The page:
CLINTON: I think that what happened when we abided by the agreement that George W. Bush made with the Iraqis to leave by 2011, is that an Iraqi army was left, that it had been trained and that was prepared to defend Iraq. Unfortunately, Nouri al-Maliki, the prime minister, set about decimating it. And then with the revolution against [Syrian President Bashar] Assad, and I did, early on, say we needed to try to find a way to train and equip moderates very early so that we would have a better idea of how to deal with Assad because I thought there would be extremist groups filling the vacuum, yes, this has developed, I think that there are many other reasons why it has in addition to what happened in the region, but I don’t think that the United States has the bulk of the responsibility, I really put that on Assad and on the Iraqis and on the region itself.”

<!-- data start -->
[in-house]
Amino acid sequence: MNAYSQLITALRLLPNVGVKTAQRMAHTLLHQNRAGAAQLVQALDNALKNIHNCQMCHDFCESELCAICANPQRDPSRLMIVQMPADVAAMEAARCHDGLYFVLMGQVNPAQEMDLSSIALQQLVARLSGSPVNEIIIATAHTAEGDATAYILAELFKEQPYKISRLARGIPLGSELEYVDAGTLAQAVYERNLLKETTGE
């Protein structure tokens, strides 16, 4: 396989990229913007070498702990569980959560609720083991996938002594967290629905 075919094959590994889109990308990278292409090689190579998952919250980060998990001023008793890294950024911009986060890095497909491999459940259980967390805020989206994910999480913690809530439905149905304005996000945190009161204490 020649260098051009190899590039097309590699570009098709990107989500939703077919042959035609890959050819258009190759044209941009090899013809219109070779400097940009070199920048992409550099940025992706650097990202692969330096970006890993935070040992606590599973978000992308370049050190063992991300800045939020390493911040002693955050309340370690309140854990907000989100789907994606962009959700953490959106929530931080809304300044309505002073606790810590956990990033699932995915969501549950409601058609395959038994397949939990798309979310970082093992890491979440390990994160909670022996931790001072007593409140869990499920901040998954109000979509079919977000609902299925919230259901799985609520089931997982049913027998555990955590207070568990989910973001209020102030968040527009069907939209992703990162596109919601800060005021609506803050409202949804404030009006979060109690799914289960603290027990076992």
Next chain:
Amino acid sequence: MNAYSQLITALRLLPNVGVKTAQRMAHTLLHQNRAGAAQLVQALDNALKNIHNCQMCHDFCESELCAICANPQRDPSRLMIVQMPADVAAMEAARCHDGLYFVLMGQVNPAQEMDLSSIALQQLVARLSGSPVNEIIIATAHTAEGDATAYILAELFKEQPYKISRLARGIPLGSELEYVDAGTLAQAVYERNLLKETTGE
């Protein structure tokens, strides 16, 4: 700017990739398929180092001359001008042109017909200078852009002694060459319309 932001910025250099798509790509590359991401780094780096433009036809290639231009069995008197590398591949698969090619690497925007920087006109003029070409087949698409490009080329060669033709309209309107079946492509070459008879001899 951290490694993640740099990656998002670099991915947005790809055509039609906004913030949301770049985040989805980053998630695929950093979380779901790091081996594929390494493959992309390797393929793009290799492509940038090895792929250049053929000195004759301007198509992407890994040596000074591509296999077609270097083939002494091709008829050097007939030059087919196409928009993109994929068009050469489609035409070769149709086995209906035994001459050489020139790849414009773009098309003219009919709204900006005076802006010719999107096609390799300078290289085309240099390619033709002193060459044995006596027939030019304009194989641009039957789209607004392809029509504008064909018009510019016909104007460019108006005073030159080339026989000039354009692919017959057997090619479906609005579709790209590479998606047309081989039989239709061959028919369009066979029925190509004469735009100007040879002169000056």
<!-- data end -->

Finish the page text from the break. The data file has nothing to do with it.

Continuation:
Shorter Clinton: this whole mess and any future ISIS attacks that occur against the West certainly aren’t my fault, nor the fault of the president. As stated above, it was my idea to train and equip moderates (rebels), and we all saw how great that turned out ($500 million spent for producing five fighters). As for the United States and its overall responsibility, that’s really unfair to place it on us/me. Blame Assad and the Iraqis.
Uh-huh. Given the current environment, good luck with that kind of answer moving forward…